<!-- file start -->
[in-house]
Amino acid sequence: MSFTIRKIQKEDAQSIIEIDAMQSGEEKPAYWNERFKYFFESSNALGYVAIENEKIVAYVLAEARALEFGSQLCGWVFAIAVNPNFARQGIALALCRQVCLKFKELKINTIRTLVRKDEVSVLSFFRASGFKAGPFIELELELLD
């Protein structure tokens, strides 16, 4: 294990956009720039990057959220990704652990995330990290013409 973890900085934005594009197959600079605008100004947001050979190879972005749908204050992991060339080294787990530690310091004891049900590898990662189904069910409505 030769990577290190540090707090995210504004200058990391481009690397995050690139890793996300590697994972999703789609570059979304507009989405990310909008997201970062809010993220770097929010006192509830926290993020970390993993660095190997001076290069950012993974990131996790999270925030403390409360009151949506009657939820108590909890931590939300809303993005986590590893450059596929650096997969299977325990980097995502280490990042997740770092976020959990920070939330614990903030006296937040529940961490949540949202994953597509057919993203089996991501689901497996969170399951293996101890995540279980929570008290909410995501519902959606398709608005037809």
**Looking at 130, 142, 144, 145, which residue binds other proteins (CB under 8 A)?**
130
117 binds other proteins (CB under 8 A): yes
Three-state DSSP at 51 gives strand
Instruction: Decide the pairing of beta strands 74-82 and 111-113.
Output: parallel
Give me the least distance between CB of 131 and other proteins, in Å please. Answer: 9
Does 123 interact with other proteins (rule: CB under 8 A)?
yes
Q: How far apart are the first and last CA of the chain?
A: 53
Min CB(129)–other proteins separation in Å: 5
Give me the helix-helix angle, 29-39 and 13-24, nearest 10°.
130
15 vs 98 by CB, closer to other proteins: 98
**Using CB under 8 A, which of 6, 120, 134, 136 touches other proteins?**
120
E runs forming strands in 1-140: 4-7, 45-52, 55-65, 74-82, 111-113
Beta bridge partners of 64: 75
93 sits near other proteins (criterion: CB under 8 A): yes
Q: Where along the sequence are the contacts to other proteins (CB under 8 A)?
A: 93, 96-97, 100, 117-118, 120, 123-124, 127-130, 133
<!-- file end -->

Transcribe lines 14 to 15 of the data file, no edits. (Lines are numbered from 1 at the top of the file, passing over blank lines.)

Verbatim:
A: 53
Min CB(129)–other proteins separation in Å: 5